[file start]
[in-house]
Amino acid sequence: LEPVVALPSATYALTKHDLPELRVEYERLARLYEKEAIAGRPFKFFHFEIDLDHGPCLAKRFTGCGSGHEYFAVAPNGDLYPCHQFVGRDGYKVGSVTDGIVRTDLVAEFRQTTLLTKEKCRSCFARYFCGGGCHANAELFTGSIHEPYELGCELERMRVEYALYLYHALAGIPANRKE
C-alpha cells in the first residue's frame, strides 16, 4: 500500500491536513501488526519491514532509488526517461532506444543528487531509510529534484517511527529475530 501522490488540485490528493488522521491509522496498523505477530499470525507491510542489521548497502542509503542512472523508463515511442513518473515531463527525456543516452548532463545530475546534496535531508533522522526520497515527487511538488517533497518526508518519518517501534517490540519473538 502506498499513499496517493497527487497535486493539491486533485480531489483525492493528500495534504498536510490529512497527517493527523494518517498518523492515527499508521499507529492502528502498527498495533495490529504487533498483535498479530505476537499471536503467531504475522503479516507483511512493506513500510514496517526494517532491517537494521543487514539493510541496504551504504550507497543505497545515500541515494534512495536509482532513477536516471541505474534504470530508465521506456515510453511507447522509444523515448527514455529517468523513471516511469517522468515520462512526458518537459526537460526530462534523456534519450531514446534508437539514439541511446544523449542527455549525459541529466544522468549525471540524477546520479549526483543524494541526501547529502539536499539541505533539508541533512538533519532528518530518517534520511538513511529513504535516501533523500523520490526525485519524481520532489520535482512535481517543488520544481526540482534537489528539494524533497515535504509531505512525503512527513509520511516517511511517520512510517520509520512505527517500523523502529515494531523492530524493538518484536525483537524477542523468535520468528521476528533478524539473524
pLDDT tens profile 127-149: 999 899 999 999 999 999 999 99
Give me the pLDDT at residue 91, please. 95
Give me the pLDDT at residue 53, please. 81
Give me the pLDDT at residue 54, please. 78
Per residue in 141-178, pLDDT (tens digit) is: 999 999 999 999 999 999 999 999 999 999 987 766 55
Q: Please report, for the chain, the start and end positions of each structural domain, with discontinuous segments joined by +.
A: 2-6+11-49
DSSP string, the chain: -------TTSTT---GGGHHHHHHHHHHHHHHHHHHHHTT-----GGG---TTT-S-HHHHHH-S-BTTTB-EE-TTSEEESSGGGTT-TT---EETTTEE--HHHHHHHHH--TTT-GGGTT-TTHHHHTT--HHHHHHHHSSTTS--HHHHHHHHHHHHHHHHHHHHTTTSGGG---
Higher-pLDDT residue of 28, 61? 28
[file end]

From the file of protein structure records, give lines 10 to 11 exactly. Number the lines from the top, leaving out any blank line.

A: 2-6+11-49
DSSP string, the chain: -------TTSTT---GGGHHHHHHHHHHHHHHHHHHHHTT-----GGG---TTT-S-HHHHHH-S-BTTTB-EE-TTSEEESSGGGTT-TT---EETTTEE--HHHHHHHHH--TTT-GGGTT-TTHHHHTT--HHHHHHHHSSTTS--HHHHHHHHHHHHHHHHHHHHTTTSGGG---